Whether it’s the latest health and safety rule, security standard or accounting regulation, an increasing reliance on automation to track company assets and trading activities has made IT a major part of the compliance agenda.
The example of mergers and acquisitions (M&A) provides an excellent example of IT’s role, not only because it calls for unprecedented levels of management control, but also because it is a key focus of yet another looming piece of European Union (EU) corporate legislation.
In a nutshell, European Sarbanes-Oxley or EuroSOX, as it has become known, requires that any new business created through either merger or acquisition should be able to produce consolidated accounts within a month of joining forces (See box).
How does your IT infrastructure measure up?
Receive the 2008 UK company IT infrastructure benchmarking report, by completing the CIO survey.
This survey will uncover the latest industry trends, highlight rising CIO concerns and popular IT investments in various vertical sectors. Participation is free and qualifies you to receive a complimentary copy of the 2008 CIO Benchmarking Report so you can evaluate how your organisation compares.
One company that is more aware of the implications of EuroSOX than many others is fixed, mobile and broadband telecoms operator, The Carphone Warehouse. The company has rapidly expanded by acquisition from humble beginnings as a UK high street mobile phone retailer in 1989 to having nearly 2,500 stores in 10 countries across Europe today, and having added almost three million broadband customers in the last five years.
Last year, Carphone bought AOL’s broadband business and its 2.1 million customers to complement its existing broadband subsidiary, TalkTalk. “We’ve expanded quite a lot in the M&A space,” says Jason McCreight, Carphone’s head of business change management.
“The work I do is at the forefront of mopping up after M&A activity in a lot of different operational areas, including finance and [human resources],” he says.
“The acquisition of AOL’s broadband business in late 2006 was by far the largest and most complex. We had to find a way of moving all transferring employees onto Carphone’s human resources and payroll system, but to also do so in a reusable way so we could use the mechanisms for integration in future, and to develop better integrated systems more quickly.”
For some time now, The Carphone Warehouse has pursued an IT strategy that serves it well from both operational and regulatory standpoints, by offering, to borrow McCreight’s use of the word, “reusable” components. Reusability is also a key strategic building block in service oriented architecture (SOA), the highly fashionable current approach to building IT systems that are flexible and dynamic. SOA has been touted as a way for technology to become a tool for strategic integration rather than dumb resource and The Carphone Warehouse has invested heavily in SOA-related technologies over recent years to manage its complex integration challenges.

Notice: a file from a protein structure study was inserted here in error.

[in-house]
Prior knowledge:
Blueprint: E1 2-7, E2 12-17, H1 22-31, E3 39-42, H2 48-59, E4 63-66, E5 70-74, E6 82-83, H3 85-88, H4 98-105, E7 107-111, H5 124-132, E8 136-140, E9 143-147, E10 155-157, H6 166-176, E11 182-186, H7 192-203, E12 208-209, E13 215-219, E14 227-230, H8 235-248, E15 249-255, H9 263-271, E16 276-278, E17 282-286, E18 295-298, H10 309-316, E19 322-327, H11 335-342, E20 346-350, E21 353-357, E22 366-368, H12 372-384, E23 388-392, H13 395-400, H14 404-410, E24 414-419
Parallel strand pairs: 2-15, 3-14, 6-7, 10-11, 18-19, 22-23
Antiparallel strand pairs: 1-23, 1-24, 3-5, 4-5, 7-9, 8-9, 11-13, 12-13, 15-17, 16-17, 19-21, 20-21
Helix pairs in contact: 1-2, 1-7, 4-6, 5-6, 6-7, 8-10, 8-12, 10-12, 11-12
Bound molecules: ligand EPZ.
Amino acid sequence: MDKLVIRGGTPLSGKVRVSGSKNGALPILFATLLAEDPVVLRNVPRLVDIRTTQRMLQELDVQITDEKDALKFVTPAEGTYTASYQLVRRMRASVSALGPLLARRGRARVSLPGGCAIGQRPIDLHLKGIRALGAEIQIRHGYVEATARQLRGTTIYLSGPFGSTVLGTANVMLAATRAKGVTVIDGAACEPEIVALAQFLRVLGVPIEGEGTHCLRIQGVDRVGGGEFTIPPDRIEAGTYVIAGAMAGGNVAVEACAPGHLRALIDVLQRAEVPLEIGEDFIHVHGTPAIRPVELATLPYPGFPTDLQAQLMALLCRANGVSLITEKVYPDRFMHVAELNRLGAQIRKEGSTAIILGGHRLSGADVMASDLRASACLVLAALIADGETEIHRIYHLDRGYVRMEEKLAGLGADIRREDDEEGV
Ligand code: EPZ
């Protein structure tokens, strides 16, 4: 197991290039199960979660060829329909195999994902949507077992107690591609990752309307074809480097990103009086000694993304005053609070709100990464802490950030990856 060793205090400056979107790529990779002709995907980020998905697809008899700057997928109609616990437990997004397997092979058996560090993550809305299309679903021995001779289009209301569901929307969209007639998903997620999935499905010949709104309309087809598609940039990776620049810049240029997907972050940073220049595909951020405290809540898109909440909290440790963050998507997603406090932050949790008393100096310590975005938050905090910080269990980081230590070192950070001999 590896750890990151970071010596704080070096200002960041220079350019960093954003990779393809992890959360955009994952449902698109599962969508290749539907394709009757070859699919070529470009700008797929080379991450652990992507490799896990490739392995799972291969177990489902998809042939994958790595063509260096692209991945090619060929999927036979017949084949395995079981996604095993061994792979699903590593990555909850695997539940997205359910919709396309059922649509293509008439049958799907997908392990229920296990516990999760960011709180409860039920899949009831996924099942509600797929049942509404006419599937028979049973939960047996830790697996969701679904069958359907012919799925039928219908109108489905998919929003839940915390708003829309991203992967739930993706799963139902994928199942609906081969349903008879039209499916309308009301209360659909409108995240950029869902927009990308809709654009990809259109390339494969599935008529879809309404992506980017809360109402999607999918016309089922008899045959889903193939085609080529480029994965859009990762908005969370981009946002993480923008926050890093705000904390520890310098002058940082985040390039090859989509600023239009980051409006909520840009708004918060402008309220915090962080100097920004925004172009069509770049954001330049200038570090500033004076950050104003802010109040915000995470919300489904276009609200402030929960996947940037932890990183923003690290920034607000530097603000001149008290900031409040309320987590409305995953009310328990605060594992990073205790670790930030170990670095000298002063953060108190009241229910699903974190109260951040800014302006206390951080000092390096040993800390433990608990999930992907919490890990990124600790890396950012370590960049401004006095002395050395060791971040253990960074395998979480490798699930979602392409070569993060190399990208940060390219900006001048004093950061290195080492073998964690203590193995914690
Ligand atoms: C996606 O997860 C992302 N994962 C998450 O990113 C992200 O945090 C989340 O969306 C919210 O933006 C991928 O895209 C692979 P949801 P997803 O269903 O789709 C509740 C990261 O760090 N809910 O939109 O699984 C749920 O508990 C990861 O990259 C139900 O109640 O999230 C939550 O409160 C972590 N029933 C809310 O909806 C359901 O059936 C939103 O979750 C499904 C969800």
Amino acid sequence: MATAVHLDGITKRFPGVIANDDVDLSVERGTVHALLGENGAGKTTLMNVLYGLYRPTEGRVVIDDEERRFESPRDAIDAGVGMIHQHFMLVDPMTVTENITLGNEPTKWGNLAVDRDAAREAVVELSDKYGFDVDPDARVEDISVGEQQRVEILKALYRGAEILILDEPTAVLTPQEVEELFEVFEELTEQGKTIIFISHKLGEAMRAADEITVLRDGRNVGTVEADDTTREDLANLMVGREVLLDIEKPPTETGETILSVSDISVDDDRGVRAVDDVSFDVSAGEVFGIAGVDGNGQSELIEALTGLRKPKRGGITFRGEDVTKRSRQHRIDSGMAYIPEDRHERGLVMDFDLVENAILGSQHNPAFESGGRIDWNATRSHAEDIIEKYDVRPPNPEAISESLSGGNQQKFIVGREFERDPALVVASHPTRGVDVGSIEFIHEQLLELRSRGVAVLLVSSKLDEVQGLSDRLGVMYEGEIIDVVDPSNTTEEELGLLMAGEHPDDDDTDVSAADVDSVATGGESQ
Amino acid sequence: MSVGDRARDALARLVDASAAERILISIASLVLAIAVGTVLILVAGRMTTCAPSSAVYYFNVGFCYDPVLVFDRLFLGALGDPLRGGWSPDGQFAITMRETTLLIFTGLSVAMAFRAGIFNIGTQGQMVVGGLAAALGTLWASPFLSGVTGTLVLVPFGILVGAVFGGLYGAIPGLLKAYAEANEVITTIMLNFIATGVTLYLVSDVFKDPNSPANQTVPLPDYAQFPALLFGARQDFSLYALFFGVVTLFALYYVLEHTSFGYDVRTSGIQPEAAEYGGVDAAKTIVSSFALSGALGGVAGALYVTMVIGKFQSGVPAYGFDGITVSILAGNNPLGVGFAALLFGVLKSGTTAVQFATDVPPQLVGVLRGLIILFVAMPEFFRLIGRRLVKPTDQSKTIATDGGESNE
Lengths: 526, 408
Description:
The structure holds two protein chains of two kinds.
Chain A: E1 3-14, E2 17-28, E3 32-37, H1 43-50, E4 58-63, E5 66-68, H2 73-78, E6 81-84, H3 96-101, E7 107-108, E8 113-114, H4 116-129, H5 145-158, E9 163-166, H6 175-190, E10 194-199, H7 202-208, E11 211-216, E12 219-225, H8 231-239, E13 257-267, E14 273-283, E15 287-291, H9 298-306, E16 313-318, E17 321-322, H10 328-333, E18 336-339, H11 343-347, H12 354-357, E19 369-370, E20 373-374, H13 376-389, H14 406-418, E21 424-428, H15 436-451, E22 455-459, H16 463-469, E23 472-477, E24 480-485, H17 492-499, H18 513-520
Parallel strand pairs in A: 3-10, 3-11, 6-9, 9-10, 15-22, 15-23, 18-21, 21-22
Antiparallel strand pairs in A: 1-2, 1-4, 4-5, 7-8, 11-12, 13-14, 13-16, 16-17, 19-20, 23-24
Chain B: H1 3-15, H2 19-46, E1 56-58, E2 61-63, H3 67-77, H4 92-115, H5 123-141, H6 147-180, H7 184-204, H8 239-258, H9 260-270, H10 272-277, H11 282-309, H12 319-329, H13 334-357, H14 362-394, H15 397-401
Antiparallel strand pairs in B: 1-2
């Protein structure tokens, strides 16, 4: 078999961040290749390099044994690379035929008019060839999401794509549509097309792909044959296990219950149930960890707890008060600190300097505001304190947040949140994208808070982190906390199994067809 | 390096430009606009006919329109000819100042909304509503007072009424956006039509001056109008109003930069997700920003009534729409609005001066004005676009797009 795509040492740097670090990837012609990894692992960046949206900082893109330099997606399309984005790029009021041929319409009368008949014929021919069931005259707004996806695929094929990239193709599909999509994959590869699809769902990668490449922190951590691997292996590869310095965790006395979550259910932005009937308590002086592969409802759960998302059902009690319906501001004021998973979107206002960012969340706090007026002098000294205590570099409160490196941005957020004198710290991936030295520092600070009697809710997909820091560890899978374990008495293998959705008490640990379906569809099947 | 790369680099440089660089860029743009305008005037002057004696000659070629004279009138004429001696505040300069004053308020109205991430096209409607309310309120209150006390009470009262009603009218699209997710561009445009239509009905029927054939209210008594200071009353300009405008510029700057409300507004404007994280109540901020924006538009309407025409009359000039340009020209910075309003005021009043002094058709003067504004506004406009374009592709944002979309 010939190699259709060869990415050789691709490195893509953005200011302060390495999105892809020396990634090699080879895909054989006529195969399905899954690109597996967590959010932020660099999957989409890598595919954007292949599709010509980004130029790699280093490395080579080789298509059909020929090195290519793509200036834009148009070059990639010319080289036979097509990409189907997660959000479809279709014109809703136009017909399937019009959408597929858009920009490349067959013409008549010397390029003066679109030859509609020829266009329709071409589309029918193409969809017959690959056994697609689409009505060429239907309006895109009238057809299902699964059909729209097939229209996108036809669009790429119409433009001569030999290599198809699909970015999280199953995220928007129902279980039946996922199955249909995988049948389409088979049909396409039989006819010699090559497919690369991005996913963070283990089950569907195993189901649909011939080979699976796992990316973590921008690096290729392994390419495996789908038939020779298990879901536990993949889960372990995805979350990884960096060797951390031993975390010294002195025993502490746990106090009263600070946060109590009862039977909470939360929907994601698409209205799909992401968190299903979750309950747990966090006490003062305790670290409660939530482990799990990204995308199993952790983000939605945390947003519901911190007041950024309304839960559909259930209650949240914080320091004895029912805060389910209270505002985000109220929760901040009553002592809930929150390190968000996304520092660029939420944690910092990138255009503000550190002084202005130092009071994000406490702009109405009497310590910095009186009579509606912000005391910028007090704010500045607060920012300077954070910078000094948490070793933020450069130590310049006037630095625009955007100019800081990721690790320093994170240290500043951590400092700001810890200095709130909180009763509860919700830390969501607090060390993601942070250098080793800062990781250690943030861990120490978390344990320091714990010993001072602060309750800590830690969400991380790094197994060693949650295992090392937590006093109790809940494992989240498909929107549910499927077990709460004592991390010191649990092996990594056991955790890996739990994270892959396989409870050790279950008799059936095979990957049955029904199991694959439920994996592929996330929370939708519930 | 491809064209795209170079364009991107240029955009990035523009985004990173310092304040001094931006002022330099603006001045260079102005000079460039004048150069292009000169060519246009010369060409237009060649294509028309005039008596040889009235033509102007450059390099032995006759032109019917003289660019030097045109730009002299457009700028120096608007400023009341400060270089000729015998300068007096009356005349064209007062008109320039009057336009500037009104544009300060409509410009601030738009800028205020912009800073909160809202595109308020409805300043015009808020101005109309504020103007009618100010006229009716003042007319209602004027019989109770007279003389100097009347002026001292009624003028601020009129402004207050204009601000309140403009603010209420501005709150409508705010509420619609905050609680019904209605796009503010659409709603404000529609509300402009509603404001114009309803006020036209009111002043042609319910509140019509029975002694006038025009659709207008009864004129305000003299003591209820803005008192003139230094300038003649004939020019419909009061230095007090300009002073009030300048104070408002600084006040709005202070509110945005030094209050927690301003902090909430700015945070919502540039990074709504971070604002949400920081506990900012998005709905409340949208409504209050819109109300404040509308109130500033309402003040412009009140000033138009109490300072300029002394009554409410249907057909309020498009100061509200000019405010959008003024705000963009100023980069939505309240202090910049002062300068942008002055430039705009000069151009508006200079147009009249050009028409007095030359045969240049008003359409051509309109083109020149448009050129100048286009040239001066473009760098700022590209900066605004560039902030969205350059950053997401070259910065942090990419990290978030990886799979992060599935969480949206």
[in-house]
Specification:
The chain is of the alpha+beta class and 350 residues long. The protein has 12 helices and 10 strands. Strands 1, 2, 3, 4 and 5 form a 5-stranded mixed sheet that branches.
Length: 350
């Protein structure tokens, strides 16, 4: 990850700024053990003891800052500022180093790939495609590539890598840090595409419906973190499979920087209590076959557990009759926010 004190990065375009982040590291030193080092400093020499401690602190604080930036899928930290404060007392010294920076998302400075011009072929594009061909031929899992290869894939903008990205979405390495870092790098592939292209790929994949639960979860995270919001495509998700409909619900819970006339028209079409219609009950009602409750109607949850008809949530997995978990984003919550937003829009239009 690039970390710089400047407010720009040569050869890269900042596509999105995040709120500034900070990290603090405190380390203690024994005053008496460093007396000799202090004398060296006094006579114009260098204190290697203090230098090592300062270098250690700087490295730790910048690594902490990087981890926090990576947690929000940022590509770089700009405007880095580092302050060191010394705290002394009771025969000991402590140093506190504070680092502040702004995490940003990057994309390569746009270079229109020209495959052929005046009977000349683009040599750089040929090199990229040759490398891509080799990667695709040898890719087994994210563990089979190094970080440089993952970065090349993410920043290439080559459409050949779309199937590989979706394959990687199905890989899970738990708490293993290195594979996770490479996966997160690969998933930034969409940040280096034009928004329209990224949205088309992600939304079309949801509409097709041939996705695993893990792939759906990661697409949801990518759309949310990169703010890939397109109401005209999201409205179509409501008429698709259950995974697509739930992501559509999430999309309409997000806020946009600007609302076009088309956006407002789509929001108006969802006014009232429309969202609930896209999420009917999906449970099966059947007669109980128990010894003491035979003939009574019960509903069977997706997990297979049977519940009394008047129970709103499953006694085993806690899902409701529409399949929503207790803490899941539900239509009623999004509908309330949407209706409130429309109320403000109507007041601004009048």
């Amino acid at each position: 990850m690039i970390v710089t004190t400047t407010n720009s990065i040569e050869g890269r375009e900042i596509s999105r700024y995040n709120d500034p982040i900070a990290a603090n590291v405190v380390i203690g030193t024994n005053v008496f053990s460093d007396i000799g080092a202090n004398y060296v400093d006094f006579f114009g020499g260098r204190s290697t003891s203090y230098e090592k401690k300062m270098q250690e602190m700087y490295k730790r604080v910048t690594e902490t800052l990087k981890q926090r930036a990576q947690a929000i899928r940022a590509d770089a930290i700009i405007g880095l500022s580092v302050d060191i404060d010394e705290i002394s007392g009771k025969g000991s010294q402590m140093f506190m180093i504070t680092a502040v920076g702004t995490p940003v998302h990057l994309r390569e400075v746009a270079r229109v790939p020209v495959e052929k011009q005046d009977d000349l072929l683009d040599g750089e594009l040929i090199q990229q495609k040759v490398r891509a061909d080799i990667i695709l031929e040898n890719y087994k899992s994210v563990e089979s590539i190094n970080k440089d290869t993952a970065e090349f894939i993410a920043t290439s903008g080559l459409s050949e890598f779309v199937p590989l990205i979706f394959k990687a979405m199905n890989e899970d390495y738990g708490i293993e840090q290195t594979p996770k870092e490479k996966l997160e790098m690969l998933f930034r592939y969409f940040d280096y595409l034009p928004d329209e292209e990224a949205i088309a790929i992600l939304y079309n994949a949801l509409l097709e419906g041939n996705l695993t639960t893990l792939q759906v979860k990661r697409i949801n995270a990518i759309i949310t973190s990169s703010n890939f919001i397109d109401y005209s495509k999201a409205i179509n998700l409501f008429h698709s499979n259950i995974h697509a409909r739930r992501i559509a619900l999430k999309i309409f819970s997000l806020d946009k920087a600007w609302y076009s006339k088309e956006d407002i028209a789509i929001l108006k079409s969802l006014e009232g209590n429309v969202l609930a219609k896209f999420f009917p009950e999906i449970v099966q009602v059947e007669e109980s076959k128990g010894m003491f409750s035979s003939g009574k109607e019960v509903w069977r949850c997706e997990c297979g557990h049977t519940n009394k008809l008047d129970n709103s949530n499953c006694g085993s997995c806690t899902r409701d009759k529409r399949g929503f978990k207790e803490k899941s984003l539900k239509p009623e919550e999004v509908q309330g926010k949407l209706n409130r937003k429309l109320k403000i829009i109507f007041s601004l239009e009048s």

Carphone has also made full use of data warehousing and integration tools in order to forge links between old and new systems and achieve compliance.
The birth of EuroSOX
Since Enron became a symbol of wilful corporate fraud and corruption in the US, publicly traded companies across the world have had to come to terms with far-reaching requirements to demonstrate diligent corporate financial responsibility. By far the most influential legislation passed in the wake of the Enron scandal was the Sarbanes-Oxley (SOX) Act of 2002.
Originally established to create new or tougher accounting and financial reporting standards for any company trading publicly on the US financial markets, the US legislation also brought with it vast changes in the way companies store and re-use data. The Act contained 11 titles, or sections, ranging from additional corporate board responsibilities to criminal penalties for negligence.
For IT departments, SOX heralded a raft of new technology-dependent requirements designed to make them protect, manage, retain and retrieve digital assets in order to comply with its regulations. In particular, SOX sections 302 and 404 mandated that a company’s auditor should “certify the timely review and analysis of financial reporting information” and identify “any material internal control weakness” or “significant deficiency” in verifying that management has sufficient operational command to produce reliable and compliant financial reports.
Now, EuroSOX looms. So will history repeat itself? No sooner had SOX begun to take full effect, with final deadlines for compliance in 2004, than the European Commission began to draw up new European Union legislation with similar aims and requirements. The new proposed European regulations on corporate financial responsibility also show scandals – not only like Enron, Tyco and WorldCom in the US, but also Parmalat and others in the EU – are still fresh in legislators’ minds.
“Like most data warehouse technology customers, we started off using Informatica products in the ETL [extract, transfer and load] space,” McCreight says. “Large data warehouses form a central part of the systems that are integral to our business operations. With a number of legacy systems, in the area of billing for example, they may have had no credit checking or payment collection functionality. Historically, we’ve used data warehousing technology to pump billing through to systems that can perform these functions in what was first set up as a temporary measure, but soon became a standard operational process. We’re quite used to moving large amounts of data around between systems as a consequence.”
Although the telecoms operator could not have foreseen the tide of regulation it would be subject to when it first embarked on either its SOA technology or M&A business growth strategies, integrating huge amounts of complex data and systems has stood it in good stead.